Long heralded as a superfood with health benefits, walnuts may get a new superlative as a food magician, helping to transform the gut microbiota to healthy. That’s the finding from a new study out of the Louisiana State University (LSU), New Orleans School of Medicine.
The team from LSU, led by Dr. Lauri Byerley, added walnuts to the diet of one group of research mice. Comparing the gut bacteria of those mice to a control group, the walnut group’s gut bacterial makeup changed for the better and was higher functioning. For example, the guts of mice with a walnut-rich diet included more lactobacillus bacteria, credited with reducing the number of bad bacteria in the gut. Notably, there was a shift in the total makeup of the gut, rather than simply the addition of new, good bacteria.
Based on the findings, researchers felt walnuts may be an effective prebiotic, a dietary substance credited with increasing the number and diversity of good bacteria in the gut.
"Gut health is an emerging research area, and researchers are finding that greater bacterial diversity may be associated with better health outcomes," said Dr. Byerley.
Findings were published in The Journal of Nutritional Biochemistry. The research was supported by the American Institute for Cancer Research and California Walnut Commission.
The Bacteria in Your Gut
Gut microbiota, also called gut flora, is a complex community living in the digestive tract. The microbiota is made up of bacteria, fungi, archaea, viruses, and protozoans. The gut is the largest zone of bacteria in your body.
Microbiota regulate the gut. Bacteria prompt the release of digestive juices and enzymes to aid in food digestion and help absorb nutrients like calcium, copper, magnesium, and iron. Acids in the microbiota help the muscles contract during digestion. Microbiota also help form a membrane around your gut to prevent toxins and viruses from entering the system.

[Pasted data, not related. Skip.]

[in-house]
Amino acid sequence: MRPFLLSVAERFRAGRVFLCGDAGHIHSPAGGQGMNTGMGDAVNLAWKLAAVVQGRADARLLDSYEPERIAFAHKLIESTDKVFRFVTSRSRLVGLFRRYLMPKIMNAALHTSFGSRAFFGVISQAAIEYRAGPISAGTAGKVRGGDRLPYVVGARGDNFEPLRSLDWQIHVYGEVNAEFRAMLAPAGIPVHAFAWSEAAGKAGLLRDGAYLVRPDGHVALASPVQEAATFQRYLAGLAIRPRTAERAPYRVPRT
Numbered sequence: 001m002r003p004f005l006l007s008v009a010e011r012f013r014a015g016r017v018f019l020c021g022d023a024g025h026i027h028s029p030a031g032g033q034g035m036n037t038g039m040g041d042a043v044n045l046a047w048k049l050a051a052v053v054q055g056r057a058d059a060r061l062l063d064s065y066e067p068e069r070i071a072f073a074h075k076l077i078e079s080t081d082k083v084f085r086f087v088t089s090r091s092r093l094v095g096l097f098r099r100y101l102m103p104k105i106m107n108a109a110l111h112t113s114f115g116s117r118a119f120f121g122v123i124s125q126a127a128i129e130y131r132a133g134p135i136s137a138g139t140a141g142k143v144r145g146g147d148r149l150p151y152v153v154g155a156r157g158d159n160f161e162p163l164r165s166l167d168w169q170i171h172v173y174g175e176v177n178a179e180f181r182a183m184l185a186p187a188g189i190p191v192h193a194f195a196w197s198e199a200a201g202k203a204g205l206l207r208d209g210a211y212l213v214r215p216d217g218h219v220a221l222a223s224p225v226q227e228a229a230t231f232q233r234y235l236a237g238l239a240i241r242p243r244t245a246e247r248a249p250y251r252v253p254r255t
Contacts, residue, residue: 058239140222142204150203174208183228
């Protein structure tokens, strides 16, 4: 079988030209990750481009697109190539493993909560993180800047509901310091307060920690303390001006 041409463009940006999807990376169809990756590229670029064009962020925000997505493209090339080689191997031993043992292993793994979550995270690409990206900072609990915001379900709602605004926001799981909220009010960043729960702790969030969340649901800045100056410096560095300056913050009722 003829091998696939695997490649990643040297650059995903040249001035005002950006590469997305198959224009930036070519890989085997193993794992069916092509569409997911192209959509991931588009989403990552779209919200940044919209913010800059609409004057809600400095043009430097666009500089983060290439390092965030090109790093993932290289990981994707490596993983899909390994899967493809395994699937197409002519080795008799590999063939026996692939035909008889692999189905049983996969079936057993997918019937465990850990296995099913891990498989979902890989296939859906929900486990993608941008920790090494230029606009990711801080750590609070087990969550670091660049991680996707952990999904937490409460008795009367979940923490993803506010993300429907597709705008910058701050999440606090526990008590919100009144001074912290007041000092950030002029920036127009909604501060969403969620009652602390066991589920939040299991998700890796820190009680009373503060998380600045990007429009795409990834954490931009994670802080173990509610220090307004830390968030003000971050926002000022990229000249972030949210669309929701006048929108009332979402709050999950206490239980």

There is even evidence gut flora plays a role in the brain’s central nervous system. According to research from Johns Hopkins University, irritated guts may send signals to the central nervous system to trigger mood changes, like anxiety and depression.
Within gut flora, there are two considerations: the number of good bacteria and the diversity of the types of good bacteria available. In both cases, higher numbers are preferable. Patients in clinical studies with less diverse bacteria were found more prone to obesity and inflammatory bowel disease (IBD). And, indeed, sufferers of inflammatory bowel disease, have markedly less diversity in the gut.
Changing Gut Flora
Developed at one to two years after birth, the makeup of the gut community changes over time with diet and health. Changes can also be spurred on by pregnancy in women or broad-spectrum antibiotic use, which reduce the number and species of bacteria in the gut.
If you suffer from colitis or other IBDs, your gut is always front and center in your mind. While diet doesn’t cause IBDs, certain foods will trigger a reaction. Additionally, there is some evidence the types of foods you eat can help relieve symptoms. A number of supplements or sources in food have been identified to help adjust the makeup of the gut flora.
Probiotics is a broad term used for “good” live bacteria that aid in digestion. Commercially, some foods are touted as high in probiotics and so good for digestive health: yogurts, cheeses, kefir, sauerkraut, and kimchi. Doctors may recommend a probiotic supplement while a patient is on antibiotics in order to replenish the gut with healthy bacteria.
Probiotics can be killed by heat or stomach acid and there is still debate about which probiotics the body needs to flourish.